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Allan Schwartz, Ph.D.Allan Schwartz, Ph.D.
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In Pursuit of Happiness, Part 2

Allan N. Schwartz, LCSW, Ph.D. Updated: Aug 3rd 2008

 For many decades, psychology focused on negative thinking, depression, anxiety and behaviors that result in people feeling really bad about themselves. More recently, psychology has started to delve into the area of "happiness" or a sense of well being, what it is and how it can be sustained. In fact, this recent research is called "Positive Psychology" because of its focus on happiness and life satisfaction.

What is happiness?

The word "happiness" is a very vague term that has no scientific validity because it cannot be measured. Positive psychologists have refined the term "happiness" into several components to make it a real, valid and measurable concept for human beings. For some of these psychologists "happiness" is made up of three components:

1. Having frequent positive or good feelings.

2. Experiencing a sense of satisfaction about one's life as a result of being engaged in life activities.

3. Infrequently experiencing negative emotions such as depression and fear. This results partly from having long term goals and values, and striving toward finding meaningfulness in life.

Research has shown that people seem to have a set point of happiness in their lives. What is meant by a "set point of happiness" is that they experience a steady amount of happiness. This set point of happiness probably results from a combination of factors such as genetics and life events. However, everyone has episodes of happiness. The question positive psychology attempts to answer is how to increase and sustain these episodes of life happiness?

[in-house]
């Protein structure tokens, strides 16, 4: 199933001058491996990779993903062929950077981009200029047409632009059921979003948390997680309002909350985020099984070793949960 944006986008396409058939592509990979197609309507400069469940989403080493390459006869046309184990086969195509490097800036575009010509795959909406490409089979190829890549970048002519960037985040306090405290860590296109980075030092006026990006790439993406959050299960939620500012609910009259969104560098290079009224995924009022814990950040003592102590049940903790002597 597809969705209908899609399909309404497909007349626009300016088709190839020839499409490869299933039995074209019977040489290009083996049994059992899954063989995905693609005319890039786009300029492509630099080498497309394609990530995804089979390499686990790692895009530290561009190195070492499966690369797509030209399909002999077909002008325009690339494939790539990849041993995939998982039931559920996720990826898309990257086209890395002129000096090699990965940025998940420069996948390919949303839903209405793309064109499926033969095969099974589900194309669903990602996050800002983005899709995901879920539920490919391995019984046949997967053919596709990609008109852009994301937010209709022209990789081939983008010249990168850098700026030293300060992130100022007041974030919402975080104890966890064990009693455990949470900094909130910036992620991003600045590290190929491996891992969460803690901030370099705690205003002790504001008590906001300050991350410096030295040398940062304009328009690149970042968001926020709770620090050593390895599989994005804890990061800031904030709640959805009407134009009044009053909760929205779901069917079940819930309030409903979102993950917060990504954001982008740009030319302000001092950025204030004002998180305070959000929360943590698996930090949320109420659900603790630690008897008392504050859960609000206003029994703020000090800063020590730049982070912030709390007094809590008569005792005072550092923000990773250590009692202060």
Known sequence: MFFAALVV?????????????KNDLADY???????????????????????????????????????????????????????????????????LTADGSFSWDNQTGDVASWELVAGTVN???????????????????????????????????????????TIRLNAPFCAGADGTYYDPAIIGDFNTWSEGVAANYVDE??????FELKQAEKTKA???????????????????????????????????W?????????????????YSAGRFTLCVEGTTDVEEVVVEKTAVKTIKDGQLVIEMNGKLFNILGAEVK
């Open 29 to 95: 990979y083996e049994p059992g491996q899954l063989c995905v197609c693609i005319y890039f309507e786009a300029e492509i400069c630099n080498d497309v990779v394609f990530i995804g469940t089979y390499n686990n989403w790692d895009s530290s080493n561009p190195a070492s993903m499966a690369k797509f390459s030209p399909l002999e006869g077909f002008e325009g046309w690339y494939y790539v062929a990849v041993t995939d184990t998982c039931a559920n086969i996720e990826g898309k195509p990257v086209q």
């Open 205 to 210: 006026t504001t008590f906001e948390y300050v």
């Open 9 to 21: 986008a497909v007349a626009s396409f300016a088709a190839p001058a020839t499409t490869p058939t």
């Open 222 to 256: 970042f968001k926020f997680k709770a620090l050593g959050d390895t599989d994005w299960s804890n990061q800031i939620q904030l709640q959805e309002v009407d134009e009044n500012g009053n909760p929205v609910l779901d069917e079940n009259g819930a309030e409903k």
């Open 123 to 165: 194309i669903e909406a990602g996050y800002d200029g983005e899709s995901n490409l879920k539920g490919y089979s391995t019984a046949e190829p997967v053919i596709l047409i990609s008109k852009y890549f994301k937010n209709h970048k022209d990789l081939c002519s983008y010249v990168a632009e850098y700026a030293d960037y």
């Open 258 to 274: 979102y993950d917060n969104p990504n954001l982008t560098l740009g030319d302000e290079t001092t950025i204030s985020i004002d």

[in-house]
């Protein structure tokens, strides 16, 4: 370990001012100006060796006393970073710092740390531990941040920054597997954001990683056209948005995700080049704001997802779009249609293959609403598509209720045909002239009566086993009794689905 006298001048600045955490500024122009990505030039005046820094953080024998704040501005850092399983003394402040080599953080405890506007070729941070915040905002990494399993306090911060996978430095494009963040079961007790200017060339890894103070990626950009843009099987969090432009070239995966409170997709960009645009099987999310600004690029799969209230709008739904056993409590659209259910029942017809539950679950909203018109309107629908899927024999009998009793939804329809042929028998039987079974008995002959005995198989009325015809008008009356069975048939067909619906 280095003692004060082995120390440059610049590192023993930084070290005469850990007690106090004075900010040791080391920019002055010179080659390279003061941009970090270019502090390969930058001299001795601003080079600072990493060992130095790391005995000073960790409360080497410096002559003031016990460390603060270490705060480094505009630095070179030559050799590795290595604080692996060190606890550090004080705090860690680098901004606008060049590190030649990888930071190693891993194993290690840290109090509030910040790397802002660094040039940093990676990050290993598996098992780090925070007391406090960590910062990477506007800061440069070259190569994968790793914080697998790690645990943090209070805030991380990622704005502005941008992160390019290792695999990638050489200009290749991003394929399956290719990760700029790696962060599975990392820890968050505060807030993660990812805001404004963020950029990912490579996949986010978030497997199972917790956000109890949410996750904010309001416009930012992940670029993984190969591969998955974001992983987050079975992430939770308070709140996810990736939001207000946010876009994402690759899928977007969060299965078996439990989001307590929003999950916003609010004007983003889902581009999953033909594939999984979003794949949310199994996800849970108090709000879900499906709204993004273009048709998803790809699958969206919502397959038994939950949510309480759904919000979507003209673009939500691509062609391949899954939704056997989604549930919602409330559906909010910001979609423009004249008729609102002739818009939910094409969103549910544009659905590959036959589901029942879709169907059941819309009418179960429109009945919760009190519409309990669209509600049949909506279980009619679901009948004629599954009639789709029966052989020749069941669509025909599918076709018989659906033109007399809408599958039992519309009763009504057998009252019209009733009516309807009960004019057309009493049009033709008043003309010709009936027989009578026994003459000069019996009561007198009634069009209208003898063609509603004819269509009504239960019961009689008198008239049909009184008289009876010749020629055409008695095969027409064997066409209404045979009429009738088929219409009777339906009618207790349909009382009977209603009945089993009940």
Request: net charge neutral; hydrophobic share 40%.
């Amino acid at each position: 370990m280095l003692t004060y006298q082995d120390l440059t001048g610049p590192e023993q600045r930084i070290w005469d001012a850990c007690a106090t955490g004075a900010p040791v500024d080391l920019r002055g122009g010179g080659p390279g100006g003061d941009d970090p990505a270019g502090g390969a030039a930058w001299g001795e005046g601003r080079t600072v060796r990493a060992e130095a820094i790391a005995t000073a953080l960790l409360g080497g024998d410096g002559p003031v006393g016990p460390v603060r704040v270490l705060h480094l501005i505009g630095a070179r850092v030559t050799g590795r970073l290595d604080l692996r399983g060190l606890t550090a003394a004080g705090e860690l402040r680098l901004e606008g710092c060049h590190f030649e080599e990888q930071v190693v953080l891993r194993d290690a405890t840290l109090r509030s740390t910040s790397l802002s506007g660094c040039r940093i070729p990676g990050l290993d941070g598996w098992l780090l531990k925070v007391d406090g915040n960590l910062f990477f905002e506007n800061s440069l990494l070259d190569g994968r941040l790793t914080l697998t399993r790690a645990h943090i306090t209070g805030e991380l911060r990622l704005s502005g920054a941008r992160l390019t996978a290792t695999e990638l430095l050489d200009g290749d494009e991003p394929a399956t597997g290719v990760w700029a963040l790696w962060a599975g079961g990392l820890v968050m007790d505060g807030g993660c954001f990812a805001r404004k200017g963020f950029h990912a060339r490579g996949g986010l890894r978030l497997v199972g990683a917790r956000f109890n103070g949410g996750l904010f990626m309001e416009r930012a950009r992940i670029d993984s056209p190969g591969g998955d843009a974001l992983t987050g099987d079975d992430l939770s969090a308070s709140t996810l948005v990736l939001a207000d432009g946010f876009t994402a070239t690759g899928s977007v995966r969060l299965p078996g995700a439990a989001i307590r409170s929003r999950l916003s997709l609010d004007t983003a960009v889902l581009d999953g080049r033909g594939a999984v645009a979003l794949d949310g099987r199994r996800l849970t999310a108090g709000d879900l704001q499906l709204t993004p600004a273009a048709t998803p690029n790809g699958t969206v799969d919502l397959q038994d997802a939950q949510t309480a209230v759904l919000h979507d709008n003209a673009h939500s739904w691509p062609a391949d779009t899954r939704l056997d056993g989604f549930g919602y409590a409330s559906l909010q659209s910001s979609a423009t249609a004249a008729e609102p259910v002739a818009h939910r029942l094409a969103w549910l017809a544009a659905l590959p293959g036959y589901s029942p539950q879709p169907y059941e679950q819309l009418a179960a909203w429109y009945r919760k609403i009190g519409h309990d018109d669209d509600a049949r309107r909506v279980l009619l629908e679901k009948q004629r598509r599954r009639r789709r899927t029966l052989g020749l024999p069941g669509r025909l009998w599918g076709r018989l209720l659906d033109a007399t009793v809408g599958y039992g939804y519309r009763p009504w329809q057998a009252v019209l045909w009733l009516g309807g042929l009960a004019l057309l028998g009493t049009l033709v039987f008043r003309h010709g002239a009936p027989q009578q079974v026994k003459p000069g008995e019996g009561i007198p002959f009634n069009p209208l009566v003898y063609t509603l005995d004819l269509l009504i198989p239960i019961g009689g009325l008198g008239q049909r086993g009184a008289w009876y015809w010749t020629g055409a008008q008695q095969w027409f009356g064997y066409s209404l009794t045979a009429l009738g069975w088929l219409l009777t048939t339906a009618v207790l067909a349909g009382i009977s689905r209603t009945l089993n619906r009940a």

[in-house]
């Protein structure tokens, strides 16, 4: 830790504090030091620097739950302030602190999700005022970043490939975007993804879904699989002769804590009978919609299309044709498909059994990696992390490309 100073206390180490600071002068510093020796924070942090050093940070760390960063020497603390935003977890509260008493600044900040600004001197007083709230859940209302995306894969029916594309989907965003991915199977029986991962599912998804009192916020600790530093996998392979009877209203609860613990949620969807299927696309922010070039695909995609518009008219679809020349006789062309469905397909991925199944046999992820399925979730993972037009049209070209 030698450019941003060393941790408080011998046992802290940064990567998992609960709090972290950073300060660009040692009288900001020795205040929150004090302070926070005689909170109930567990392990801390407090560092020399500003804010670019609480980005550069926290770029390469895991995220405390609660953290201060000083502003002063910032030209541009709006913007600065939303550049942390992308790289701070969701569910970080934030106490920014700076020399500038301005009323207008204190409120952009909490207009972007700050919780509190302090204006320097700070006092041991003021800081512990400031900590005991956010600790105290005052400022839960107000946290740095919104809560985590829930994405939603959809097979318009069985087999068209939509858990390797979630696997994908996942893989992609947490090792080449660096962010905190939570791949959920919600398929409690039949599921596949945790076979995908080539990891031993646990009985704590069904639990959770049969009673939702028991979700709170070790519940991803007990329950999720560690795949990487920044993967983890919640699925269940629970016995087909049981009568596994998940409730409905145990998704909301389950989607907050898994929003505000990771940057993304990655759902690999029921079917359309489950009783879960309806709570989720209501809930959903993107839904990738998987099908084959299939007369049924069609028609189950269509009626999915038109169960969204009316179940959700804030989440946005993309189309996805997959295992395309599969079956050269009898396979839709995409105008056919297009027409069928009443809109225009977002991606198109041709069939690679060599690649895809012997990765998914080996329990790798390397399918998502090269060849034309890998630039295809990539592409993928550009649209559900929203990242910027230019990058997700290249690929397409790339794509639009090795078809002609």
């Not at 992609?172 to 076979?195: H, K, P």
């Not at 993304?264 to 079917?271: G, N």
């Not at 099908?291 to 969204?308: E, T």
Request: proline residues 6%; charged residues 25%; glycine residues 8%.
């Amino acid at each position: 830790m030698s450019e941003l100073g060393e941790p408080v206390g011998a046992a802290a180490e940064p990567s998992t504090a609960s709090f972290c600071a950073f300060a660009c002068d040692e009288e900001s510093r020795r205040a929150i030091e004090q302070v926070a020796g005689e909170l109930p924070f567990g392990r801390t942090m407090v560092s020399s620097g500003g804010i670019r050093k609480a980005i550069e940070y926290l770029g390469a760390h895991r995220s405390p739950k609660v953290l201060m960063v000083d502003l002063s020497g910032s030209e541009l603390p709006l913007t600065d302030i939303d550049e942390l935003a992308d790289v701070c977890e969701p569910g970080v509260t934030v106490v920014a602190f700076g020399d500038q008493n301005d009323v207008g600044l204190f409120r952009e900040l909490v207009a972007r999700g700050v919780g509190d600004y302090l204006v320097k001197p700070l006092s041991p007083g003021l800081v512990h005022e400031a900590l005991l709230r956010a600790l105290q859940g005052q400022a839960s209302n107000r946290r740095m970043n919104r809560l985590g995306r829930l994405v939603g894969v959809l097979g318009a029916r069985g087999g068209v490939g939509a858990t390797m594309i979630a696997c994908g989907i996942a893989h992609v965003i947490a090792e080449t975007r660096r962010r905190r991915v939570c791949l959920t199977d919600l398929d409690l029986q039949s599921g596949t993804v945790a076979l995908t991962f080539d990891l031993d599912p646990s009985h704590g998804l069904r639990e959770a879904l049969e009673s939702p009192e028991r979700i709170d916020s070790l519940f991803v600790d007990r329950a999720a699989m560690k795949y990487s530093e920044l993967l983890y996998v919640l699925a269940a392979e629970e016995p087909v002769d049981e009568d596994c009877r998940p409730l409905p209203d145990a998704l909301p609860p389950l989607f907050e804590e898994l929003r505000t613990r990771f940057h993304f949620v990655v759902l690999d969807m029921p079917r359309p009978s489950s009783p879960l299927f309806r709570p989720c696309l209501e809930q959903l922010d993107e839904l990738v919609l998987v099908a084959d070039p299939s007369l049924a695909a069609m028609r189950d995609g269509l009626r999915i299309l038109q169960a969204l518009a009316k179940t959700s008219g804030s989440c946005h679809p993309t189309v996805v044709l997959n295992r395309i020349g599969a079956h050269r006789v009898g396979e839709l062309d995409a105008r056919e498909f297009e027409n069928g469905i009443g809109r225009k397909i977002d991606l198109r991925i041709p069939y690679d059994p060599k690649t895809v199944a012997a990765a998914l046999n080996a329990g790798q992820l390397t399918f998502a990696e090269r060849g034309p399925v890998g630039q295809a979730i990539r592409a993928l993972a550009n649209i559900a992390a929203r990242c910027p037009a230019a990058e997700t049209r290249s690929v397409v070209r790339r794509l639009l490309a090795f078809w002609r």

Following are some suggestions, based on research findings, about how to build positive emotions in your life

I. Performing acts of kindness or volunteering several times per week:


Acts of kindness (including volunteering) help foster a sense of altruism in each individual so that there is a sense of doing something that is socially meaningful. Because people react positively to these types of acts, a sense of being a "good person" is fostered and reinforced. Also, acts of kindness are voluntary or a matter of personal choice for which one must take credit. In doing these acts, it is important that an individual choose those activities that are a good fit for themselves.

Some types of acts of kindness:

1. Donating to the blood bank,
2. Visiting an elderly neighbor,
3. Doing things to help the environment,                                                                                   4. Volunteering in a soup kitchen,
5. Volunteering at the Boy Scouts, Girl Scouts, Cub Scouts, etc
6. And many such types of activities.

II. Engage in "grateful thinking:

Instead of focusing on the negative such as problems and failures, it is extremely helpful to "think about" your "blessings." Thinking about blessings really has to do with "savoring" those peak or sublime moments when you did things or experienced things that felt very good.

Examples of counting blessings (this list varies for individuals and their stage of life):

1. Getting an "A" in a really difficult class,
2. Winning a bicycle race,
3. Having one's health,
4. Having healthy children,
5. Remembering when you got married,
6. And, here too, there is an endless list.

It is the process of savoring or really enjoying the memory of these and other types of good events that increases happiness. Again, research has shown that thinking about and savoring positive experiences have beneficial effects for mood and sense of well being.

Your thoughts and comments are welcome

Allan N. Schwartz, PhD

Allan Schwartz, LCSW, Ph.D.

Readers who live in the Boulder, Colorado metro area, or in Southwest Florida may contact Dr. Schwartz for face-to-face consultation. He is also available for psychotherapy through Skype video for those who are not in Florida or Colorado. He can be reached via email at for details.

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